1. Credit counseling agencies are companies that offer you advice on how to manage your money and debts more efficiently. They help you to organize your budget in a way that will fit your way of life and monthly payments. Credit counselors receive proper training and certification in these areas. They also help you develop a personalized plan to get out of debt. Credit counseling is a requirement for those who intend to file for bankruptcy.
      Services
   2. One of the first questions you should ask a credit counseling agency is which services they offer. Look for a company with a variety of services, such as budget counseling, savings and debt management classes, bankruptcy filing and help to find alternatives to bankruptcy. Avoid any company that does not spend a considerable amount of time looking at your financial situation before offering their services. A reputable organization will offer a personalized evaluation of your situation.
      Fees
   3. Ask about fees, including total costs, monthly payment options and mandatory up-front fees. Get specific quotes for all of the services they provide and compare agencies to see which one offers the most value. Decide whether or not you have the income necessary to pay these fees. Up-front fees are often around $250. If you are having money problems -- which you probably are if you are filing for bankruptcy -- this can often be a burden, and you may decide to address your credit issues on your own.
      License
   4. Credit counseling agencies are required to have state licenses to offer services in that state. Ask the company if they have all of the necessary licenses. Ask if their counselors are licensed to offer you the financial help and advisement you need. A reputable company will only have licensed staff advising you. If a company is licensed, you then know that it is following all of the necessary regulations.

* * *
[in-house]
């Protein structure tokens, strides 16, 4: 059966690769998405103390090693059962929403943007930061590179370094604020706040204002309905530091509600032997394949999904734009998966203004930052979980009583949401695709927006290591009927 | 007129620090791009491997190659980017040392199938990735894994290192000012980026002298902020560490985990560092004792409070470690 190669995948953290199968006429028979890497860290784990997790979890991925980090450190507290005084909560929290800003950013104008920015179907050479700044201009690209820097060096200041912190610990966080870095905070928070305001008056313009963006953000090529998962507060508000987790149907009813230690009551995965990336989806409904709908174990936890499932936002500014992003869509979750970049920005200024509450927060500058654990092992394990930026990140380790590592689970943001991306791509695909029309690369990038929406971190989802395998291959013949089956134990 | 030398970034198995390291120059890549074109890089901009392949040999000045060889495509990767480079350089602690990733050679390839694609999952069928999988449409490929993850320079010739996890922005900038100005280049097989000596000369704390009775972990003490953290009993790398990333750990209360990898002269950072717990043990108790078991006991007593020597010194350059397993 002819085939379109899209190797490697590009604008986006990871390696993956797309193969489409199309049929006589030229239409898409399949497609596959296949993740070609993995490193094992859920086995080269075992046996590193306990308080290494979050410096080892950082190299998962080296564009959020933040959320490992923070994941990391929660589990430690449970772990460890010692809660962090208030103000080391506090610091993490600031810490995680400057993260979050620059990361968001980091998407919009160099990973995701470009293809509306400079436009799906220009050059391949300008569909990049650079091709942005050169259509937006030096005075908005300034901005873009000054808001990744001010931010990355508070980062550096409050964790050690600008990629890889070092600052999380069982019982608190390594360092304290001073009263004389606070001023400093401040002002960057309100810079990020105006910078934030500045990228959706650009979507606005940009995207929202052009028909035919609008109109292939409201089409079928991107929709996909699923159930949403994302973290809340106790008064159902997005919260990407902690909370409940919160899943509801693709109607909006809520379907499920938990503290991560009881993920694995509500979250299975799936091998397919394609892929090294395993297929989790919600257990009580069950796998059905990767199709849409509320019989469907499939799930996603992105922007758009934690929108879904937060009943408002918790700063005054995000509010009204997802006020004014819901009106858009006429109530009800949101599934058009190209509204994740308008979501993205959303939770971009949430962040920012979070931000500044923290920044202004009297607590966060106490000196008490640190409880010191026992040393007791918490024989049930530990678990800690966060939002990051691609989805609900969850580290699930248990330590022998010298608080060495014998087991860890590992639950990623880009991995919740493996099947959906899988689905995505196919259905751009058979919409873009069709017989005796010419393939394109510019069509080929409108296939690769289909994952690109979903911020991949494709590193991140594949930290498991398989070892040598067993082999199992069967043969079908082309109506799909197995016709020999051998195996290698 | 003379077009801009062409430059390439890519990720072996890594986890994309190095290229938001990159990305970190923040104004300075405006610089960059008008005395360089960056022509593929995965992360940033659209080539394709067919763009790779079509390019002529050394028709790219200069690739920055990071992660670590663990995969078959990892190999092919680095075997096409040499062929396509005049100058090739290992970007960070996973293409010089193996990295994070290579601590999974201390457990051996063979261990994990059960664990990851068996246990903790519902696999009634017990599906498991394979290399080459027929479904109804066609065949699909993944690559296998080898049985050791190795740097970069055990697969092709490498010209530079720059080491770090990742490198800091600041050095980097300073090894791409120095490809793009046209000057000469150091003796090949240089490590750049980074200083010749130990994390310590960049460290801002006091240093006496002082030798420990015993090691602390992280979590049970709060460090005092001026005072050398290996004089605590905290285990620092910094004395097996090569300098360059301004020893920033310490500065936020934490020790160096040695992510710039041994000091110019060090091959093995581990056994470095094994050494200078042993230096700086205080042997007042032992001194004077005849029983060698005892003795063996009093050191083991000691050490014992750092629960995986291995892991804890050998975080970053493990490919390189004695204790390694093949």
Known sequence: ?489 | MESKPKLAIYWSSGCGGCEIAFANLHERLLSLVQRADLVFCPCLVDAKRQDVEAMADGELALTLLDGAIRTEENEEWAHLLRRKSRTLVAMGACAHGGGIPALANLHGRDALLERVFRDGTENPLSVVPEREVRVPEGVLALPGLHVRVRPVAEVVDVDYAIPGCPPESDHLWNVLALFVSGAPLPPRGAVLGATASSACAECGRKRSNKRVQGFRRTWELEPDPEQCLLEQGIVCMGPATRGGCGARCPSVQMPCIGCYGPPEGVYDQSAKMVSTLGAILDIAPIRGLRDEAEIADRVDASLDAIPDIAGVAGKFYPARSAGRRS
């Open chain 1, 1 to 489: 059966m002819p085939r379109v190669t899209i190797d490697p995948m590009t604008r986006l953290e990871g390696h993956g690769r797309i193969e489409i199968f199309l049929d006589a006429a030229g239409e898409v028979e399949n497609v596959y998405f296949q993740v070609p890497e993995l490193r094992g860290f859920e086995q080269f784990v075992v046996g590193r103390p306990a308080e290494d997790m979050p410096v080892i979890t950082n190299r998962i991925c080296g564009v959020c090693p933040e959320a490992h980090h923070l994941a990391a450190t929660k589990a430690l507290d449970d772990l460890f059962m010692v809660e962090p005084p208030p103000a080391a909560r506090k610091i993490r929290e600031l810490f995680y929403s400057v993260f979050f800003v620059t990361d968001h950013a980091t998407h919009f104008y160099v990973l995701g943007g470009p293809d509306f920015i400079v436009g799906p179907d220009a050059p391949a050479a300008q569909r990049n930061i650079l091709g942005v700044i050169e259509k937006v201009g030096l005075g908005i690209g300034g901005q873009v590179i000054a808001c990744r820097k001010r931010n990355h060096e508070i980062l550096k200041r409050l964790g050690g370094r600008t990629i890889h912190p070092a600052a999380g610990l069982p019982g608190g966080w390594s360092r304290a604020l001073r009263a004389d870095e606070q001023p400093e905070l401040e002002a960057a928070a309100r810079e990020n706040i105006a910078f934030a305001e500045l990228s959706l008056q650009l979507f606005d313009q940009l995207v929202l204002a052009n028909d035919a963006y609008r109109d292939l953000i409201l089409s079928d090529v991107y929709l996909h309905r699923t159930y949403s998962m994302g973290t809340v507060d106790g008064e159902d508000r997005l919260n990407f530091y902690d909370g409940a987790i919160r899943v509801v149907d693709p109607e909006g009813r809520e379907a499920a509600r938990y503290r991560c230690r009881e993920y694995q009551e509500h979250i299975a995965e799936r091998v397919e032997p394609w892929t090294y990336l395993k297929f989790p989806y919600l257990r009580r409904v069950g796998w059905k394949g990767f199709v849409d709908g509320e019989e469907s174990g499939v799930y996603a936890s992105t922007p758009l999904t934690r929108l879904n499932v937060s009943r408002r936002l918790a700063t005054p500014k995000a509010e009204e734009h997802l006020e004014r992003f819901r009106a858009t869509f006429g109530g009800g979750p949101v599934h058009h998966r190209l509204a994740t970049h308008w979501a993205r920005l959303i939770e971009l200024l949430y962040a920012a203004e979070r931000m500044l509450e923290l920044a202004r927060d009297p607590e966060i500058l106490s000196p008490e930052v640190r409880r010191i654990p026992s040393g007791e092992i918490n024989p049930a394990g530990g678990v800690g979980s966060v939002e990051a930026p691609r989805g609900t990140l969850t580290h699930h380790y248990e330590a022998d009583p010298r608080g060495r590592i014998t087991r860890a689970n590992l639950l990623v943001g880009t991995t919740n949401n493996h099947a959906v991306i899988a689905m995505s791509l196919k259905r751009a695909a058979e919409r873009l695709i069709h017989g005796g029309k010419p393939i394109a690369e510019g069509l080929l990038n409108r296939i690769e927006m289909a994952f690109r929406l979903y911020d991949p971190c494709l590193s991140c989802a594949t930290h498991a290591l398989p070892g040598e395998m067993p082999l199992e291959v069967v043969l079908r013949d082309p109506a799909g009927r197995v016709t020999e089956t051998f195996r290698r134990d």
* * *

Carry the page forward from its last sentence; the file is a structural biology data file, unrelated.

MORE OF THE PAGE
Privacy
   5. You have the right to demand the protection of your information. A credit counseling agency does not have the right to sell or share your information with third parties without your permission. Ask them how they will protect your information and how you will be assured of this. Ask if there is a confidentiality contract between you and the agency. Information that you have the right to protect includes your name, address, phone numbers and any records of your financial situation.
Read more: Questions to Ask a Credit Counseling Agency | eHow.com http://www.ehow.com/

What is in my credit report?

Your credit report is actually a credit history. It is created by data about you from many different sources. Companies that have granted you credit make regular reports about your accounts to the three main CRAs: Equifax, Experian (formerly TRW), and Trans Union. If you are late in making payments, those to whom you owe money such as utilities, hospitals, landlords and others may report this information to the CRA. Your bank may inform the CRA if you overdraw your account or do not make credit card, auto loans, or mortgage payments on time. Your credit report may also contain information about delinquent child support payments. The FCRA allows CRAs to report records of convictions of crime. However, it is not the practice of any of the three main CRAs to report criminal convictions on credit reports. Such information may, however, be reported in connection with an employer background check.